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Grady weighs in on who has the right to know

Anonymous+sources+are+regularly+used+in+media+today%2C+especially+when+there+are+repercussions.+New+York+Times+published+this+op-ed+Sept.+5
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Grady weighs in on who has the right to know

Anonymous sources are regularly used in media today, especially when there are repercussions. New York Times published this op-ed Sept. 5

Anonymous sources are regularly used in media today, especially when there are repercussions. New York Times published this op-ed Sept. 5

Tyler Jones

Anonymous sources are regularly used in media today, especially when there are repercussions. New York Times published this op-ed Sept. 5

Tyler Jones

Tyler Jones

Anonymous sources are regularly used in media today, especially when there are repercussions. New York Times published this op-ed Sept. 5

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The New York Times published a controversial and anonymous op-ed on Sept. 5. Mixed reactions surfaced after hearing it was written by a senior official in the Trump administration. Equally as controversial as the article’s topic was the fact that its source was kept hidden. Why do news organizations use anonymous sources? Is it effective?

The op-ed asserts that senior officials within the administration are working to disrupt President Trump’s agenda but still want the administration to succeed.

“I don’t read the New York Times or anything, but I heard about the story,” said an anonymous sophomore. “They use anonymous sources for this exact reason to prevent situations like this right now, to protect the source.”

In this case, there was no reason to keep the source hidden. It was said by sophomore Shawn Gillepsy. No secret. When a person holds a high position in the White House and whose boss is the president of the United States, the repercussions are far more substantial.

The real question is whether people understand the reasons behind anonymity in media. Several Grady teachers gave their two cents on the topic.

“Do I think the general public understands? I just don’t think they’ve ever stopped to think about it,” said 10th grade literature teacher Mary Villalpando. “I don’t think most people stop and think about it. That’s the issue, people aren’t questioning everything they’re reading.” Villalpando, herself, reads and checks different sources because she doesn’t trust just one. She thinks not everyone does that.

Mario Herrera, AP Seminar teacher and debate coach, has a different theory that people are comfortable with confirmation bias.

“I think that we’re in a place now where you have to see everything for it to be true, that’s weird to me,” said Herrera. “I don’t know that a virus exists … or I know they exist because I have a cold, not because I own a microscope.”

Concerning the need to use anonymous sources, the reaction varies from person to person, especially from the right and left wings of politics. Some argue that the New York Times Op-ed achieved nothing, was not effective and just resulted in President Donald Trump’s suspicion of his officials. While others argue that keeping the source anonymous was the only way this voice could be heard and this point could be brought up.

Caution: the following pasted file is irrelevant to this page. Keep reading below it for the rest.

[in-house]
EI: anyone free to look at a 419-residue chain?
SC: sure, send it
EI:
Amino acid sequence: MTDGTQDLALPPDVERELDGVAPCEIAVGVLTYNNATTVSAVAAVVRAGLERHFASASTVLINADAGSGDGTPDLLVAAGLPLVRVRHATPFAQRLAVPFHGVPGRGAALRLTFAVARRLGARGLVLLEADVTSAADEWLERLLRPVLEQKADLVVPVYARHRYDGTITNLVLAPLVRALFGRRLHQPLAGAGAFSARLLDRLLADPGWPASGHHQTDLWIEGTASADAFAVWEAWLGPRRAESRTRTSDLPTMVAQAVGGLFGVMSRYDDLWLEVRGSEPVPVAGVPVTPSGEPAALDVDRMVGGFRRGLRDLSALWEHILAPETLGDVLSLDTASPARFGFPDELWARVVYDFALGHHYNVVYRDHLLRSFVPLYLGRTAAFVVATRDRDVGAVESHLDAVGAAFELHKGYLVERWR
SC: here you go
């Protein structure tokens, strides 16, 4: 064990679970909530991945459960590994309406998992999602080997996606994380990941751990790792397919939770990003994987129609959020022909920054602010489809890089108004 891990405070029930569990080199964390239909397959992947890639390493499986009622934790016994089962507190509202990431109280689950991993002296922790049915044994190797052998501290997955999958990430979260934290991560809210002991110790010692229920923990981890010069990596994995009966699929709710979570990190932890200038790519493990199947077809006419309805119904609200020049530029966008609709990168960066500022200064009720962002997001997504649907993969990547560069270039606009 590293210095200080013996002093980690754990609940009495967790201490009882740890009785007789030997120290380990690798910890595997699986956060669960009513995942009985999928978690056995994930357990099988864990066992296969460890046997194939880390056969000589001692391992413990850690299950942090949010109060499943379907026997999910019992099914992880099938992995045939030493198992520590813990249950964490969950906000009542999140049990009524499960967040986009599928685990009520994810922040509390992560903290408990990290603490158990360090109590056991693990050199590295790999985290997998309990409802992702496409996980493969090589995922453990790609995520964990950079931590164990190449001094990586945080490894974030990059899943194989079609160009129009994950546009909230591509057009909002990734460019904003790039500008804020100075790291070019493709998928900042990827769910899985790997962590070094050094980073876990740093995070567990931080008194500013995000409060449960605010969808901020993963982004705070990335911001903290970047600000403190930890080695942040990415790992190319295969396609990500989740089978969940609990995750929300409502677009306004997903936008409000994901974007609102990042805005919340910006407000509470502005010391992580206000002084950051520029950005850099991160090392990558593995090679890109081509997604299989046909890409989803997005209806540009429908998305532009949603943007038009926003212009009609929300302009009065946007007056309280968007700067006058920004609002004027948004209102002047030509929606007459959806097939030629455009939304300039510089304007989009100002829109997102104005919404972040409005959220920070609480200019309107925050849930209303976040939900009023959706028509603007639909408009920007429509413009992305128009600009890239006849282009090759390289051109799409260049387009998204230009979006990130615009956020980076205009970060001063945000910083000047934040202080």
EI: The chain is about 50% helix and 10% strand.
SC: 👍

On Sept. 5, President Trump tweeted, “Does the so-called ‘Senior Administration Official’ really exist, or is it just the Failing New York Times with another phony source?”

The Times has a procedure to ensure credibility when it comes to anonymous sources. The reporter must know the identity of the individual and one high-ranking editor must approve. Accuracy of information presented by anonymous sources is always questioned. An anonymous person’s identity must remain hidden under any circumstances for legal and protection purposes. Most news organizations follow a moral code and will not release names of victims of certain crimes or of minors involved or accused of crimes.

“I don’t know that the New York Times reviewed the source, but I know we have something to be concerned about,” said Herrera. “Some fool’s trying to take over the White House. We should be talking about it.”

This is not the first time the Times has used anonymity. Kari Tupper publicly accused former Senator Brock Adams of Washington, of drugging and molesting her in 1988. The Times started getting calls from women reporting similar experiences and agreed to publish a story anonymously detailing their accounts. Adams denied the allegations.

As a part of the “Time’s Up” movement, women were scared to come forth with allegations for fear of retribution until it was acceptable and more women joined in. It is irrefutable that it is difficult for victims of abuse to stand up.

An anonymous source either tells the truth or a lie. This cycle will continue. How can we hold stories accountable? Do we just trust? There is a balance between privacy protection and right for the public to know.

 

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About the Contributors
Selena Kleber, News Managing Editor

Selena Kleber is a senior this year. She has worked on the Southerner for three years and took a short sabbatical from the paper her sophomore year. She...

Tyler Jones, Layout Associate Managing Editor and A&E Section Editor

Tyler Jones is a junior and this is her second year writing for Grady's publications. When she is not writing arts and entertainment features, you can...

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